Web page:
Two billion messages are sent by 60 million businesses each month on Facebook Messenger - and that’s just one way customers want to interact.
Whether people are interacting via your website, app, or voice the customer experience hinges on connected data. If your voice chat can’t access customer data then it has to ask the the same canned questions over and over.
Hooking that chat up to customer data, and letting it learn, means that AI can take care of the mass repetitive tasks and we humans can focus on the more strategic jobs.
The reward here? Trust. If you use data to provide actual convenience then you can get more of it. 63% of people said they would share more information (location, age, lifestyle, preferences, purchase history) with a company that offers a great experience.
As the enterprise starts playing around with more futuristic technologies that level of trust becomes paramount.
Recently Kohler announced voice-command technology for the bathroom, that can operate the faucet, adjust lighting, fill a bath to the right temperature and more, which requires a in-depth knowledge of routine and preference.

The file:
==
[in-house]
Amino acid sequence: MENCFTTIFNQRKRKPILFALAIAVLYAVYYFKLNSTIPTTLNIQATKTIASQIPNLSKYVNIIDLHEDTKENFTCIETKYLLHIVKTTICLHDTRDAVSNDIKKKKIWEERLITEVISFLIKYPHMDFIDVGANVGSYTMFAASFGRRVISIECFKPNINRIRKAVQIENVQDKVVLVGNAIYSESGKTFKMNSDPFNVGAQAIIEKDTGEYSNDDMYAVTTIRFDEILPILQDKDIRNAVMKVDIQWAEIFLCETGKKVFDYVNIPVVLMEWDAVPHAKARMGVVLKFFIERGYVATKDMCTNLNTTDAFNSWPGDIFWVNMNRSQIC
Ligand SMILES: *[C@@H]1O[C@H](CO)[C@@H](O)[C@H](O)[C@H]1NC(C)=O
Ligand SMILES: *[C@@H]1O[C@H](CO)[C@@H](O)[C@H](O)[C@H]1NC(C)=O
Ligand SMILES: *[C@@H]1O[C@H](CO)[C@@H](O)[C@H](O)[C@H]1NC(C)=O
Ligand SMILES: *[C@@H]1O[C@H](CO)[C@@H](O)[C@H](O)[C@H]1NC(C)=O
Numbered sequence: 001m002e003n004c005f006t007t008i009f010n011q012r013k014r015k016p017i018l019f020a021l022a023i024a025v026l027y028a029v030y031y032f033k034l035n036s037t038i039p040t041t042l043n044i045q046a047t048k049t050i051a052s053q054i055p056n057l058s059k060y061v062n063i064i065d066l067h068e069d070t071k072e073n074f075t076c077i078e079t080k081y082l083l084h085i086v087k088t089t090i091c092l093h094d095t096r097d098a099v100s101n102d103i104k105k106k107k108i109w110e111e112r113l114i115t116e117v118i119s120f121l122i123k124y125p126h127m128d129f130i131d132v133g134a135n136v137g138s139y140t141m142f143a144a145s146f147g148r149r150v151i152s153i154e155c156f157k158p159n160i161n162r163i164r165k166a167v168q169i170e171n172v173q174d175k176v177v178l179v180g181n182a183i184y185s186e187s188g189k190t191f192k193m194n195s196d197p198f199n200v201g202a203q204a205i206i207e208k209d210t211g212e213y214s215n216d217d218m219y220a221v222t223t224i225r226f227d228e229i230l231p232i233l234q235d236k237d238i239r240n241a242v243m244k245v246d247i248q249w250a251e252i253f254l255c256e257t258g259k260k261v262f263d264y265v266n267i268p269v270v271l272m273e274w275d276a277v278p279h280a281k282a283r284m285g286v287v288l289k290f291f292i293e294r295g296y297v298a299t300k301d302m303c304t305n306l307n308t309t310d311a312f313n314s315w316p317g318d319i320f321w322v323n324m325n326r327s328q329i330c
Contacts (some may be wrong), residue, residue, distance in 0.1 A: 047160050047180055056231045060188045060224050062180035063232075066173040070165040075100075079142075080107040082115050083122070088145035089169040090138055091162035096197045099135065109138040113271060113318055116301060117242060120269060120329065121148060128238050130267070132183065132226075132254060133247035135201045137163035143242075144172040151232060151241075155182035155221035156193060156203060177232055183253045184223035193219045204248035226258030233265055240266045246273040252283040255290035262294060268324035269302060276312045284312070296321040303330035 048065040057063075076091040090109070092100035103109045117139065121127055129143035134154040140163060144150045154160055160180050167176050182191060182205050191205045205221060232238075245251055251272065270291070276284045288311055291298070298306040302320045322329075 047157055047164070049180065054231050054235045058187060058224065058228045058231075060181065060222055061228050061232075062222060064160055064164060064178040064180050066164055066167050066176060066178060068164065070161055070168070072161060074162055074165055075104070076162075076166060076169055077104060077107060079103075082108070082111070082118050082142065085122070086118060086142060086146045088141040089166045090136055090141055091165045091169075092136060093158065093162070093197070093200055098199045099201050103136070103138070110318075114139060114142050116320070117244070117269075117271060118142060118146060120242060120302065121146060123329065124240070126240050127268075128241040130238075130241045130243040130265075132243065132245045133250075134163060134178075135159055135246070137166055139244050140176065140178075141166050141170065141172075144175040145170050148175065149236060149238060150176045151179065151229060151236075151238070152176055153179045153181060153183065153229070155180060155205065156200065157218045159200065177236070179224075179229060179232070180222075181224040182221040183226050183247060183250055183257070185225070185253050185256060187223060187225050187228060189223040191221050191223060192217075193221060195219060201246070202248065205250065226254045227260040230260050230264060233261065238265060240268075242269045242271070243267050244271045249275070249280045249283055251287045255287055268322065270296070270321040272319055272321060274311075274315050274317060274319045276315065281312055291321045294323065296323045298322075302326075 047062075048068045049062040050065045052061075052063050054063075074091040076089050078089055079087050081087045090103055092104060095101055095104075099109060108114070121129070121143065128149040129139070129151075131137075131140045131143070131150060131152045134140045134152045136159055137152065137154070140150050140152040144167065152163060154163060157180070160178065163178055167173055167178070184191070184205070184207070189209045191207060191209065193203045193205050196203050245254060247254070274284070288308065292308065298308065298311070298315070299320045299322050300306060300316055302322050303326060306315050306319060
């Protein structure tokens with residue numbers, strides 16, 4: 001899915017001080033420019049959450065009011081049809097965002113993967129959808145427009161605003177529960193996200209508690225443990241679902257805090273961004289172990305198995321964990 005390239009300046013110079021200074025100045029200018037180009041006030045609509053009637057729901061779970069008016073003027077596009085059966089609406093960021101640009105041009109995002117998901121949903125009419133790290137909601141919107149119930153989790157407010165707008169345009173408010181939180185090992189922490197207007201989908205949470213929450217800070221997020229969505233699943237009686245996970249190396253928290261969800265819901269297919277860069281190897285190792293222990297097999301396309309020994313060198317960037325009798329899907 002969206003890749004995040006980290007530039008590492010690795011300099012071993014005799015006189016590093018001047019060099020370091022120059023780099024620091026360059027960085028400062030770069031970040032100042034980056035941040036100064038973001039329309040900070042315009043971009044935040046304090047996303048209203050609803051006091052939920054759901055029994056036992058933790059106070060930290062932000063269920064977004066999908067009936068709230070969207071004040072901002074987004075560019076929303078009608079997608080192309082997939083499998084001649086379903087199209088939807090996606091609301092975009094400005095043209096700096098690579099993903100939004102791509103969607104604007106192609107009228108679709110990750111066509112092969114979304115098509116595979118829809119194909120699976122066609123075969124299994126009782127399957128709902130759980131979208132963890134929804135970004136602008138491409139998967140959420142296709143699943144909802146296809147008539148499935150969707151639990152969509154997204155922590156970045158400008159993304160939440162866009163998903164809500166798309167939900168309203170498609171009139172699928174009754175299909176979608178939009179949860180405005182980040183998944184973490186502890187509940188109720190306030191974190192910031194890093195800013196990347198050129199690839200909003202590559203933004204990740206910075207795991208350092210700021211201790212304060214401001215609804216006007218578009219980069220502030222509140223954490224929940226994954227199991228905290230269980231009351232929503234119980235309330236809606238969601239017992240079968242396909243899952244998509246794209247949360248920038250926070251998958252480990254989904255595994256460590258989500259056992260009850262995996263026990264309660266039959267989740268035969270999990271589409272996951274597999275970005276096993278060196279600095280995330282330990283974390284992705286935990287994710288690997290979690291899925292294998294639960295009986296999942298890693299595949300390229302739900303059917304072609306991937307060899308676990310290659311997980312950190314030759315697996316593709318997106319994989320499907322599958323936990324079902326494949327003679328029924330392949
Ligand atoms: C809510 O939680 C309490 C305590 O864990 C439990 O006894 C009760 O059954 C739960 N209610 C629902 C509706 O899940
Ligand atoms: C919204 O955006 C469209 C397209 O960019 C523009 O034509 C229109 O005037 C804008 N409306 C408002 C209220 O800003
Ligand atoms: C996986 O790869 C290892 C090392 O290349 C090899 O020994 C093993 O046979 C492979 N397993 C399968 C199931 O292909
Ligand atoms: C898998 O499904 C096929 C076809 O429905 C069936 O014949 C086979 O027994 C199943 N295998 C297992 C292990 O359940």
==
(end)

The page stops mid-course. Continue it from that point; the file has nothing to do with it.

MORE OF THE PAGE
But consumers are willing to open that window if it provides convenience, with 49% of restaurant goers and 62% of hotel guests approving the use of facial recognition technology for simpler payment methods.
Over 14 million Sephora customers have had their face analyzed by AI to provide the right foundation color match - and opened up a ton of personalized marketing options in the process.
From More Efficient to More Effective (and also still really efficient)
Digital tools have long been about saving time. They organize content in a reusable way, get workflow in order, and build in an agile manner.
These are all still extremely important, but efficiency should pretty much be built into every product by now.